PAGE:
To me, this is a wonderful example of stopping to think about the RETURN ON ENERGY, making a commitment to change and enjoying IMMEDIATE RESULTS.

Final Note:

This applies to EVERYTHING you’re doing. Take a moment today to think about your RETURN ON ENERGY.

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9 Guiding Principles for Sales Success

Here are 9 GUIDING PRINCIPLES to help you ‘sell’ your VISION, your MESSAGE, your PRIORITIES …

Pretty self-explanatory, but there are some ‘notes’ with each one.

GP #1 CHANGE YOUR VOCABULARY! WORDS ARE IMPORTANT! Stop using all the typical ‘nonprofit’ industry jargon. Start using ‘sales’ terms, ‘business’ terms, ‘common sense’ terms.

Appointments Visits
Power Points Presentation Tools
Asking for Money Presenting the Opportunity
GP #2 THINK BIG. BUILD SIMPLE. ACT NOW! Our absolute favorite Entrepreneur’s Mantra. Also works great for SALES. THINK. BUILD. ACT. BIG. SIMPLE. NOW.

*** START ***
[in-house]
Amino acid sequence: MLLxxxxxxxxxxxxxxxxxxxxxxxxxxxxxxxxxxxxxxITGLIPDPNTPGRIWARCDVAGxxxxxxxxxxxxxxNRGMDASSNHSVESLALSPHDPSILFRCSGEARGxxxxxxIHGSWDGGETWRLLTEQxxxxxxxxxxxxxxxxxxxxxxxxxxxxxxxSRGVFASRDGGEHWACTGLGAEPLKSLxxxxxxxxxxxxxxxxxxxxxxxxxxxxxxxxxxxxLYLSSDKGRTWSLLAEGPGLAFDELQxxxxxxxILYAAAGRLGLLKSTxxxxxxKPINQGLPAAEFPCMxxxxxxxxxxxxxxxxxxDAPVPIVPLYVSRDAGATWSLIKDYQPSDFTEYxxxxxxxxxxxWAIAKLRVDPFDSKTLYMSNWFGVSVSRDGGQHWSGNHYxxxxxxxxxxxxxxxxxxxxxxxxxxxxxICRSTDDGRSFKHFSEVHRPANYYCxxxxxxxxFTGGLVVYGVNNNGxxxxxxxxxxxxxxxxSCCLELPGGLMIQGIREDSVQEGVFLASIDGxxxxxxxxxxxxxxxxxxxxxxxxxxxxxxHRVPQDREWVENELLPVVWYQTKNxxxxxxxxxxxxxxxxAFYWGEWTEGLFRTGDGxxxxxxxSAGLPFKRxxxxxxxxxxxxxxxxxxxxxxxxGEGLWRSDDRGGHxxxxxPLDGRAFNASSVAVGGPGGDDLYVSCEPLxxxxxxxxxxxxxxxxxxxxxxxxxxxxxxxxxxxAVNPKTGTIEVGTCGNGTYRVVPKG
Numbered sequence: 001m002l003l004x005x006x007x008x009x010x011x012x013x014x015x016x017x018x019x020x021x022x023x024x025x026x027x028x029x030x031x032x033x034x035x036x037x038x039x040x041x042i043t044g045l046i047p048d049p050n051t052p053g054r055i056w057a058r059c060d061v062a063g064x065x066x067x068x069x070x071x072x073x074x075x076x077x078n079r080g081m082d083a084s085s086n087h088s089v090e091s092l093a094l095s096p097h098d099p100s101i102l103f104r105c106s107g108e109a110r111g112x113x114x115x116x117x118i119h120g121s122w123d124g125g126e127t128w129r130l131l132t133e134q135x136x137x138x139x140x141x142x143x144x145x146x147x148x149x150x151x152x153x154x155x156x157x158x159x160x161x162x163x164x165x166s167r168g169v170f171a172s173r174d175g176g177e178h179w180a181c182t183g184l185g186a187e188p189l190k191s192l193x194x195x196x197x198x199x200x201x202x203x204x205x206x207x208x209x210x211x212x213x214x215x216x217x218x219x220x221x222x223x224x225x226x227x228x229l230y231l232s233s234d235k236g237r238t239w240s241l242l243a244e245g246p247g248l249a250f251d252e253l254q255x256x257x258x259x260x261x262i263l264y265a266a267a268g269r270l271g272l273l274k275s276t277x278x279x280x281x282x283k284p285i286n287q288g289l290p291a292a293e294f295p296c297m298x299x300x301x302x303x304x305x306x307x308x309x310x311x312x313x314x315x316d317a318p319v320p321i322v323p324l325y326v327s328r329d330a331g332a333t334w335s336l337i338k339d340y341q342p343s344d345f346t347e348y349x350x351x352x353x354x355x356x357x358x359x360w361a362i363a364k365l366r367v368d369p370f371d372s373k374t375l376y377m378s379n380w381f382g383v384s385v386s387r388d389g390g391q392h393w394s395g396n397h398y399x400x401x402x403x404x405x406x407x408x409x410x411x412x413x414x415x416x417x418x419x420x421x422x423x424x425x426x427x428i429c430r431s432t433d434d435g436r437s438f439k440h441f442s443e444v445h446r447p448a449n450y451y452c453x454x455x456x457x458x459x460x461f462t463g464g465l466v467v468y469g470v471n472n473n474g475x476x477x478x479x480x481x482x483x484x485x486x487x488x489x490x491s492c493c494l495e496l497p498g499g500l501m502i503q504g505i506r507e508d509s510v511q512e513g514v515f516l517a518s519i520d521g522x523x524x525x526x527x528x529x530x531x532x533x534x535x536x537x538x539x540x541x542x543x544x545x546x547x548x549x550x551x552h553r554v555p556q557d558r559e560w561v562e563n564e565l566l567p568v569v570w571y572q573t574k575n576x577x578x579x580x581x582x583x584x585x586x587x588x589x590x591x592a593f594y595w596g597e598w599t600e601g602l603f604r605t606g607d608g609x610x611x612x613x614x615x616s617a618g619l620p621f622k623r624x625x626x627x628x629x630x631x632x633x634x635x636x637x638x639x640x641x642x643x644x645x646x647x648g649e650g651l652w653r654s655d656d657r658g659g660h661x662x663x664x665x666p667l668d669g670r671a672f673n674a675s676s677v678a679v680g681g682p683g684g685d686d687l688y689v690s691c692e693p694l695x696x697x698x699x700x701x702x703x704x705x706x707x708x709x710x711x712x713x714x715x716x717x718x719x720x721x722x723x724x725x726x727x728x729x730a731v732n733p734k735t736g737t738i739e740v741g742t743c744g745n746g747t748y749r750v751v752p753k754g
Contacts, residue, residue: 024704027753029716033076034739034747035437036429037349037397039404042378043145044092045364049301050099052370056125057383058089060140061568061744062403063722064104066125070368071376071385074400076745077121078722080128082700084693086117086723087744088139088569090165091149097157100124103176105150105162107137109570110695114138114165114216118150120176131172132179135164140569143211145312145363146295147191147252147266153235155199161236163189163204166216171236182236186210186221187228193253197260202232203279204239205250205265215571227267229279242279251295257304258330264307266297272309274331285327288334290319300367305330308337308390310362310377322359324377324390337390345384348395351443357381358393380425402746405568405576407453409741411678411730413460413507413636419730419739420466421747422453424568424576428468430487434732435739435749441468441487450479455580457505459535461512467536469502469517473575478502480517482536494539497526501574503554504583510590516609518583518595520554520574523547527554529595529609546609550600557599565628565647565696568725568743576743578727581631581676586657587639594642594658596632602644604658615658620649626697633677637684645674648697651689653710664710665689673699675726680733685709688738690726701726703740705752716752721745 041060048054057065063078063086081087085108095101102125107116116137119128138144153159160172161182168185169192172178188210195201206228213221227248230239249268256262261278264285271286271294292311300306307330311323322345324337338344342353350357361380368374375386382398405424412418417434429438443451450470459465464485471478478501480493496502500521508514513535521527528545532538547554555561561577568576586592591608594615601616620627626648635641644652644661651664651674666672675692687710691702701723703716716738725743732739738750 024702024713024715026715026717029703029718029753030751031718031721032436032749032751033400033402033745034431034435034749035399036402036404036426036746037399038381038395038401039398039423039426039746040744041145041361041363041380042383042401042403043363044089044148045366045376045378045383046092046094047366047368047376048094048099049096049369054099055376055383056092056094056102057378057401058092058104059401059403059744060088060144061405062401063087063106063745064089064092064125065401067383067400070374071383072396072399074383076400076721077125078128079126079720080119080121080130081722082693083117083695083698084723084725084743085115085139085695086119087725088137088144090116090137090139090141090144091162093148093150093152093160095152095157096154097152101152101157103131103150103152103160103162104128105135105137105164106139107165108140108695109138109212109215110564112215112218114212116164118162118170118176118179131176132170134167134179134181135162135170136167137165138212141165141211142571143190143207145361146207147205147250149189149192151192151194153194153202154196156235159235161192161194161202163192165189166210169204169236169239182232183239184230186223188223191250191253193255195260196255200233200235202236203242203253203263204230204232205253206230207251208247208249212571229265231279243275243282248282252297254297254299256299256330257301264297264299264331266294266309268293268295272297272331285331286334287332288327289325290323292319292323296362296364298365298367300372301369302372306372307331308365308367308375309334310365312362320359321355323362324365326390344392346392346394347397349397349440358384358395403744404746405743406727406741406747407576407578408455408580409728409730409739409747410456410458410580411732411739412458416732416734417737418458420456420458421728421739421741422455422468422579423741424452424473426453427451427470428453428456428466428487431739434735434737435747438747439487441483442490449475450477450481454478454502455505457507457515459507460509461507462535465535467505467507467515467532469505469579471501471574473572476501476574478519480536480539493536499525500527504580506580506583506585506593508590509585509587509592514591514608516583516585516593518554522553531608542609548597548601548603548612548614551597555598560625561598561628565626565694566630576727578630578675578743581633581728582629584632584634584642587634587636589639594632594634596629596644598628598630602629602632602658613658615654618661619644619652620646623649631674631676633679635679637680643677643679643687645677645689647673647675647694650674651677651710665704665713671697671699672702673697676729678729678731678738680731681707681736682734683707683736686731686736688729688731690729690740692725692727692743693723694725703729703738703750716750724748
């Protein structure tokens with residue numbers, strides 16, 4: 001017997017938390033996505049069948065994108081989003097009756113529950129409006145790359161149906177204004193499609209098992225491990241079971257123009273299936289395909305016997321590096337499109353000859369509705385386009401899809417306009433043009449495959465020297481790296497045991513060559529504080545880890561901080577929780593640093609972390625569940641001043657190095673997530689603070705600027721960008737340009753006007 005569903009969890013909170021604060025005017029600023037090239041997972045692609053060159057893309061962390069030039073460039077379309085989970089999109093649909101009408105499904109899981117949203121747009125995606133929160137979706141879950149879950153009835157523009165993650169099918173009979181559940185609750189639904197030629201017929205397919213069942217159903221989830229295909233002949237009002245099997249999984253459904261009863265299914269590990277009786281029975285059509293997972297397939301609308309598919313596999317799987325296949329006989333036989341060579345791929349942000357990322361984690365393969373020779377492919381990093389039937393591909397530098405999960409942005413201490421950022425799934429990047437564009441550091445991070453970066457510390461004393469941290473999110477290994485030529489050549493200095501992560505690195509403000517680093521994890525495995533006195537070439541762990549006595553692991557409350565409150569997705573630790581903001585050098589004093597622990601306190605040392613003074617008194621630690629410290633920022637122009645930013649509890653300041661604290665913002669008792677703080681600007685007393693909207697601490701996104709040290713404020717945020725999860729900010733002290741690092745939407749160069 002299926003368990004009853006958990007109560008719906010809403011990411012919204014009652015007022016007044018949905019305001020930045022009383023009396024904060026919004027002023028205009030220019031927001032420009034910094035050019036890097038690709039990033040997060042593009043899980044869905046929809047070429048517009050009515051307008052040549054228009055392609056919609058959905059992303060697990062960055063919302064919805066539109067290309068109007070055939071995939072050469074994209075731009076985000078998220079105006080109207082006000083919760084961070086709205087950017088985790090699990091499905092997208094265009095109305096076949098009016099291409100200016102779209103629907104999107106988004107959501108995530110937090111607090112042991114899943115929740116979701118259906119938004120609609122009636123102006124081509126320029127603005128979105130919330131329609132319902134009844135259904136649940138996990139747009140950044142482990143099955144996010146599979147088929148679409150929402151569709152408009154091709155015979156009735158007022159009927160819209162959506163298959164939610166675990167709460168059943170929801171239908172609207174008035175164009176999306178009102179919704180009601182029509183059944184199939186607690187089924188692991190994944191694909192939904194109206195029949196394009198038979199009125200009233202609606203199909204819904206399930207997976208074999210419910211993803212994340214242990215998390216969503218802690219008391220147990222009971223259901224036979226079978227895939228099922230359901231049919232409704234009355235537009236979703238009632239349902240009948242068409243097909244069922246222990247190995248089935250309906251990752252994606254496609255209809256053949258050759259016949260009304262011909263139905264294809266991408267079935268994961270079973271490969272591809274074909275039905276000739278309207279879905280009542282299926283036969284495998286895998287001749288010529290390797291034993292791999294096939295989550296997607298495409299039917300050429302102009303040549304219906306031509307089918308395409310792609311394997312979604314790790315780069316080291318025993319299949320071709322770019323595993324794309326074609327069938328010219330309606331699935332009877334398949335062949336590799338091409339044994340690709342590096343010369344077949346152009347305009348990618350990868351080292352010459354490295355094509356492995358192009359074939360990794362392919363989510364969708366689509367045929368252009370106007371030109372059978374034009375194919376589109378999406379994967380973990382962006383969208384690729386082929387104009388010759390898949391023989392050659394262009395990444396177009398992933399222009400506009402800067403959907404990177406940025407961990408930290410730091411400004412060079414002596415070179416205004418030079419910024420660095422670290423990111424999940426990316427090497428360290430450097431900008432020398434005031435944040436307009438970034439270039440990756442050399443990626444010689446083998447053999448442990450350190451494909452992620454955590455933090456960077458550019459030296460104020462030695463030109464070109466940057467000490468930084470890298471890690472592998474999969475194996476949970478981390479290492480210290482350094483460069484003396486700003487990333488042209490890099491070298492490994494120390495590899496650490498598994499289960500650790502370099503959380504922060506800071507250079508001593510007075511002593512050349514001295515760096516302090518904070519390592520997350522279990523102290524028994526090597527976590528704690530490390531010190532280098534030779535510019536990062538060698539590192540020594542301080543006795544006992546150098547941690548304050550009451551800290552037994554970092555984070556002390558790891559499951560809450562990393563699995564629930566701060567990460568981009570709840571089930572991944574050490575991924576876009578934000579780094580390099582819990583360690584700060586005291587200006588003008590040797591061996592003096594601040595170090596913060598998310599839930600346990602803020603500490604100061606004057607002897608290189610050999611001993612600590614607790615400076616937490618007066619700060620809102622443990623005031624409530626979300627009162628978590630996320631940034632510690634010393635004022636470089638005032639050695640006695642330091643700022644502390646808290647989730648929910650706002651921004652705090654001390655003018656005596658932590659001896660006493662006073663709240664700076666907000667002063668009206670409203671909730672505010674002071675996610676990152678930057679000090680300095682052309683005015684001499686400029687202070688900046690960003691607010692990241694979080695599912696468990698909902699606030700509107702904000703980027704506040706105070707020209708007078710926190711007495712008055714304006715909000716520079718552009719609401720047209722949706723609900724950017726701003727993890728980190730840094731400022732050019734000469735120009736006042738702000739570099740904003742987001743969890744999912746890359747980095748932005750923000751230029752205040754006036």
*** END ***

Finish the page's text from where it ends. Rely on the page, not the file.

GP #3 THE RULE OF 3! ‘FORCE’ everything you do into groups of 3! Your Message Points. Your Priorities. Your Buckets. Your Sales Presentation. Trust us. It works.
GP #4 NO TIMEOUTS. NO SUBSTITUTIONS. NO EXCUSES. OG’s Notre Dame Boxers’ Mantra. Works for sales. Take responsibility for your life. Your actions. Your results.
GP #5 PREPARE. PRACTICE. PERFORM. You ‘get’ PREPARE and PERFORM. What we never, ever, ever do (in our world) is PRACTICE! PRACTICE YOUR PRESENTATION. Your response to objections and challenges. Your opening. Your close.
GP #6 FIRST WITH THE HEART. THEN WITH THE HEAD. This is the corollary to a great line in the book, THE POWER OF ONE.  Zig Ziglar, über sales trainer, says it perfectly: “People buy on emotion, then justify with logic.”
GP #7 DO THE MATH. You can’t ‘SELL’ unless you understand all the ‘NUMBERS!’ This is about goals, self-fulfilling prophecy, and the Stockdale Paradox (Face the Brutal Facts).
GP #8 ASK QUESTIONS. (ACTUALLY) LISTEN TO ANSWERS. This is, without question, the greatest ‘SALES TIP’ … ever!
GP #9 SHARE THE STORY. PRESENT THE OPPORTUNITY. No explanation necessary. Just do it.
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The Elevator Pitch is Dead

“What’s your elevator pitch?”

The lore of the elevator pitch comes from the early days of Hollywood when one would hope to trap an executive in an elevator and ‘pitch.’ The Elevator Pitch is an enduring shorthand that represents the simplest description of what you do.